Here's how Rio Tinto initially valued the Mozambique coal assets at the centre of fraud allegations

Coal mine on the outskirt of Tete in the Moatize coal basin in Mozambique. Gianluigi Guercia/AFP/Getty Images

Rio’s Tinto 2011 Annual Report shows the company initially paid $US3.69 billion for the Mozambique coal assets that are at the centre of fraud allegations by the US Securities and Exchange Commission.

The world’s second-biggest mining company and its former CEO, Tom Albanese, are facing fraud charges which focus on the write-down of the Mozambique assets.

The transaction was comprised of a $2.191 billion cash payment in April 2011, which gave Rio a 52.6% controlling interest in Riversdale Mining Ltd.

The name of the entity was subsequently changed to Rio Tinto Coal Mozambique (RTCM). Rio purchased the remaining 47.4% on August 1 in a $US1.977 billion cash transaction.

The company included $530 million of goodwill on the acquisistion, related to the accounting treatment of tax as part of the inclusion of RTCM in Rio’s consolidated financial statements.

This table from Rio’s 2011 financials shows a breakdown of Rio’s initial assessment of fair value.

Rio Tinto 2011 Annual Report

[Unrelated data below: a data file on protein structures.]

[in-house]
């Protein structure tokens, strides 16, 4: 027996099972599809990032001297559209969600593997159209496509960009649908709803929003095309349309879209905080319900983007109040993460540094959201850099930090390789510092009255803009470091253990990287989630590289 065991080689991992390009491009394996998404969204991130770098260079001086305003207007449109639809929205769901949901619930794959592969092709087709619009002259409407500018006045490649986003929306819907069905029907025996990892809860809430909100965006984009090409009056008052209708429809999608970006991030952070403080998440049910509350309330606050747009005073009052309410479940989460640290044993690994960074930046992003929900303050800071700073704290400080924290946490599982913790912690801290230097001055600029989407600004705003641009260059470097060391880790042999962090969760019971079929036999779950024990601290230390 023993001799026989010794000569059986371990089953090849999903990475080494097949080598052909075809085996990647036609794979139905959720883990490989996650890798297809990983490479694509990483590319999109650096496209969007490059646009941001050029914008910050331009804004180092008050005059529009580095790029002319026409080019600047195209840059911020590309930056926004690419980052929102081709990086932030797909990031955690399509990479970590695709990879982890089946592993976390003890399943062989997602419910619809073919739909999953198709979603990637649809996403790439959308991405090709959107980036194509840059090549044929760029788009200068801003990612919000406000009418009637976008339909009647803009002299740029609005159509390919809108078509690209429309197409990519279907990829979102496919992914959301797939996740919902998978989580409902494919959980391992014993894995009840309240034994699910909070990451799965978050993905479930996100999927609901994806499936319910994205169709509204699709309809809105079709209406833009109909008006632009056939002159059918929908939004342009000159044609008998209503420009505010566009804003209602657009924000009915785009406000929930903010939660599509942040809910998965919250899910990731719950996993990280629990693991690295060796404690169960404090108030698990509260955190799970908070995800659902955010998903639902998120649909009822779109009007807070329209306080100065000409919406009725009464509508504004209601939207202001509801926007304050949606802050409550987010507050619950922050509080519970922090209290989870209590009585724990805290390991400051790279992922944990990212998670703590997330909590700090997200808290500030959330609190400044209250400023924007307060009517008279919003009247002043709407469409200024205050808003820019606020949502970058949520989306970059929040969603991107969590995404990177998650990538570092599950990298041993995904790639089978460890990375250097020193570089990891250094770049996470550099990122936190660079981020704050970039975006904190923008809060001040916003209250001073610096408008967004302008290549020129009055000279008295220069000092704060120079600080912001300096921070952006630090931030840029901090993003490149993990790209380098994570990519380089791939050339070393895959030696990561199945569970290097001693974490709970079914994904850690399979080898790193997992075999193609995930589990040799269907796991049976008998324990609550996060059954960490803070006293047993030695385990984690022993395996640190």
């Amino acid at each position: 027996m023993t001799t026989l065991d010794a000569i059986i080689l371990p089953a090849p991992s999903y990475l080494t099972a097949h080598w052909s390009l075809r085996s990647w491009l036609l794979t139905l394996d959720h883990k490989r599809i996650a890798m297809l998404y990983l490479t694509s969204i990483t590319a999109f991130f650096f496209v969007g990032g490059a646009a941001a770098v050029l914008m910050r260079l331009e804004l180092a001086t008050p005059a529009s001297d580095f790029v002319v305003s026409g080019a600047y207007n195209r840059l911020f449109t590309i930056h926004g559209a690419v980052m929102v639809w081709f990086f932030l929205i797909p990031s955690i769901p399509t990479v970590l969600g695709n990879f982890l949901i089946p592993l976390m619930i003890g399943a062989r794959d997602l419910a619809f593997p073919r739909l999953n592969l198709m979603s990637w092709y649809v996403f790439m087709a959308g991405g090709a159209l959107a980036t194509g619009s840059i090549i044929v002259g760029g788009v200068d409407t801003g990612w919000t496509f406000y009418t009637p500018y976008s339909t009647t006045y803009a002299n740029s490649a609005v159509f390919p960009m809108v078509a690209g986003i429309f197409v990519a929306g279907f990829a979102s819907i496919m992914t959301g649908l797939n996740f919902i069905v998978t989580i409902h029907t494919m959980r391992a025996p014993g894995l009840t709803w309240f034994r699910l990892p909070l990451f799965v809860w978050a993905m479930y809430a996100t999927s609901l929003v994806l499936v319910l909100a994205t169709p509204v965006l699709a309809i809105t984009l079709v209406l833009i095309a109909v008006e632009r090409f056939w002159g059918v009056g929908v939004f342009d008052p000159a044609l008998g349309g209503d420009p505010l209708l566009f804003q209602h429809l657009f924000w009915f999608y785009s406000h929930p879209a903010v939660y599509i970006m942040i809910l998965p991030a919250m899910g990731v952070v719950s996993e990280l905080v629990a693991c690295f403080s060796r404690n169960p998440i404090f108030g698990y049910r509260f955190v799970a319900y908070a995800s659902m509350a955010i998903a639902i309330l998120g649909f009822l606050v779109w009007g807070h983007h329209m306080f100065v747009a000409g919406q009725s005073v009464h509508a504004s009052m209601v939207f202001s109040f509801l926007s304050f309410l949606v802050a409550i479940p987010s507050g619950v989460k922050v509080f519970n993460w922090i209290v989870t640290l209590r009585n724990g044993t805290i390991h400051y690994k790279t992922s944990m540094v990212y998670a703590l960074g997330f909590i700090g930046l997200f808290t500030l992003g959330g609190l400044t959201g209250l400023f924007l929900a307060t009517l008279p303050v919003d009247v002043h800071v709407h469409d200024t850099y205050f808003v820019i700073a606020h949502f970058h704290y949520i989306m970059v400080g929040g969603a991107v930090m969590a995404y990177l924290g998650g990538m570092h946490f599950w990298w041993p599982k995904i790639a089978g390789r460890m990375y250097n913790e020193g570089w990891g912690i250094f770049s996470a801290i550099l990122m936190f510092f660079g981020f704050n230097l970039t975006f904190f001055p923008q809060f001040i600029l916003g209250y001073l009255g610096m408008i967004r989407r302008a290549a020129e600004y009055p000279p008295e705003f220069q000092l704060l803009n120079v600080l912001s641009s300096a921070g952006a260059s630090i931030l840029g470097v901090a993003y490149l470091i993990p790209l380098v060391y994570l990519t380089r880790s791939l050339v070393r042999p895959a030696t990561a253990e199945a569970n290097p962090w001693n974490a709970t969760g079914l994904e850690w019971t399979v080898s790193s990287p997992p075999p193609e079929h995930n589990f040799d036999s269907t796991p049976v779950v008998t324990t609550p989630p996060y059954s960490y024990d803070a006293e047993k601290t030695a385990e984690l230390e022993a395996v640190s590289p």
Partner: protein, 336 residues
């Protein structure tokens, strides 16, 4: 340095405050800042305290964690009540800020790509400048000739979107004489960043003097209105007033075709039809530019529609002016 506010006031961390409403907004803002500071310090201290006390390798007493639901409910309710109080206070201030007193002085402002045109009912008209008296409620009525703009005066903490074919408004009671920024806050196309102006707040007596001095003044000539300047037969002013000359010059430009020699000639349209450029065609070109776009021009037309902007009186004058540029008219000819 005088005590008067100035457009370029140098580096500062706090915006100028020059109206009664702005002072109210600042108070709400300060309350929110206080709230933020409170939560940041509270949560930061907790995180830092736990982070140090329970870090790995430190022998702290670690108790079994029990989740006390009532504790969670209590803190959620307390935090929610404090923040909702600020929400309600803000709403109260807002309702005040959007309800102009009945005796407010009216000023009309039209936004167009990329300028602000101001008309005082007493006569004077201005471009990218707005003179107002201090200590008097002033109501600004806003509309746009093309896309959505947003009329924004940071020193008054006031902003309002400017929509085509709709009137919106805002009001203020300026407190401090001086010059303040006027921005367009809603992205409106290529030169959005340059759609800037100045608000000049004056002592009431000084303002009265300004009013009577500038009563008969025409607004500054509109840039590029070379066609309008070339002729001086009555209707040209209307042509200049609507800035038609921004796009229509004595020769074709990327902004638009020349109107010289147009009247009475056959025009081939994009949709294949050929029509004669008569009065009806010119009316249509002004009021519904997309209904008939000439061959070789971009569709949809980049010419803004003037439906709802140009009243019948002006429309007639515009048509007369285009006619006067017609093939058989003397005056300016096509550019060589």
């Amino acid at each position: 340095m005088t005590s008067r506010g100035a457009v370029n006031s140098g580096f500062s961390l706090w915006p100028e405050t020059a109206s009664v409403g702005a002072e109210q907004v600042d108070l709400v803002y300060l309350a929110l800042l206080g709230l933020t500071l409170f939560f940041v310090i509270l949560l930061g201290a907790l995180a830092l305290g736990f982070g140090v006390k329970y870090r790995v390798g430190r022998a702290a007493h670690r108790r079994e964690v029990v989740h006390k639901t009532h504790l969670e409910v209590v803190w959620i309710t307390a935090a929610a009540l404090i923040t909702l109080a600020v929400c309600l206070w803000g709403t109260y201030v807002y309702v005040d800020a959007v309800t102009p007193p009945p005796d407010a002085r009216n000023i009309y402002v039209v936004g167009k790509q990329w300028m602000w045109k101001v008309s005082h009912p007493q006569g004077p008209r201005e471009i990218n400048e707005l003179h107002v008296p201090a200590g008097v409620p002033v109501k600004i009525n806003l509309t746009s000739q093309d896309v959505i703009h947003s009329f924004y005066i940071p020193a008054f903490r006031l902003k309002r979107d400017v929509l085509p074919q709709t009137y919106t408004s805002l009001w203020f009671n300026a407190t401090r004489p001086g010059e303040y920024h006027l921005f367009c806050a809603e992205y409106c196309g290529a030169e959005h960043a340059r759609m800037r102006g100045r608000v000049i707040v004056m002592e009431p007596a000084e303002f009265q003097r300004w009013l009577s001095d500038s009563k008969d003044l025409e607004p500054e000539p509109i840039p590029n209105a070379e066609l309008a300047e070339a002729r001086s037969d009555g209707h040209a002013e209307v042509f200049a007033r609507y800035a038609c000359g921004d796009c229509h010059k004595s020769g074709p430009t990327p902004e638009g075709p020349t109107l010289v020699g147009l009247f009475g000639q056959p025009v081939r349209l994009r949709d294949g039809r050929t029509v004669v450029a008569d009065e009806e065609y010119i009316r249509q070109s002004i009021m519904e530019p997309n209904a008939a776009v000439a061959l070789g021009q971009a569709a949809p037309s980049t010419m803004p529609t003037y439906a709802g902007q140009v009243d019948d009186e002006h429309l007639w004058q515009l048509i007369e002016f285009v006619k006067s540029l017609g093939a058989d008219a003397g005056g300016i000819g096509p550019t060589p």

“Fair values recognised on acquisition are provisional and will be subject to further review during the 12 months from the acquisition date,” the company said.

One year later, in the 2012 Annual Report, former Rio CEO Tom Albanese was out and Rio reported a huge write-down in the value of the asset.

Per the company’s 2012 financials (emphasis ours):

RTCM holds mining and exploration licences in the Moatize Basin in the Tete province of Mozambique. The Benga Mine was officially opened in May 2012 with first coal exported in June 2012. An impairment charge of US$2.86 billion post-tax was recognised relating to Energy’s coal business in Mozambique.

The development of infrastructure in Mozambique to support the undeveloped coal asset is more challenging than initially anticipated which, combined with a downward revision to estimates of recoverable coking coal volumes, has led to a reassessment of the overall scale and ramp up schedule of RTCM and consequently to the assessment of its fair value less costs to sell (FVLCS).

So over the course of around 18 months, Rio was forced to write down around 83% of its initial investment.

A further $US470 million was written off in February 2014, and in August 2014 Rio completed a sale of the assets for just $US50 million.

NOW READ: Rio Tinto and its former CEO Tom Albanese have been charged with fraud

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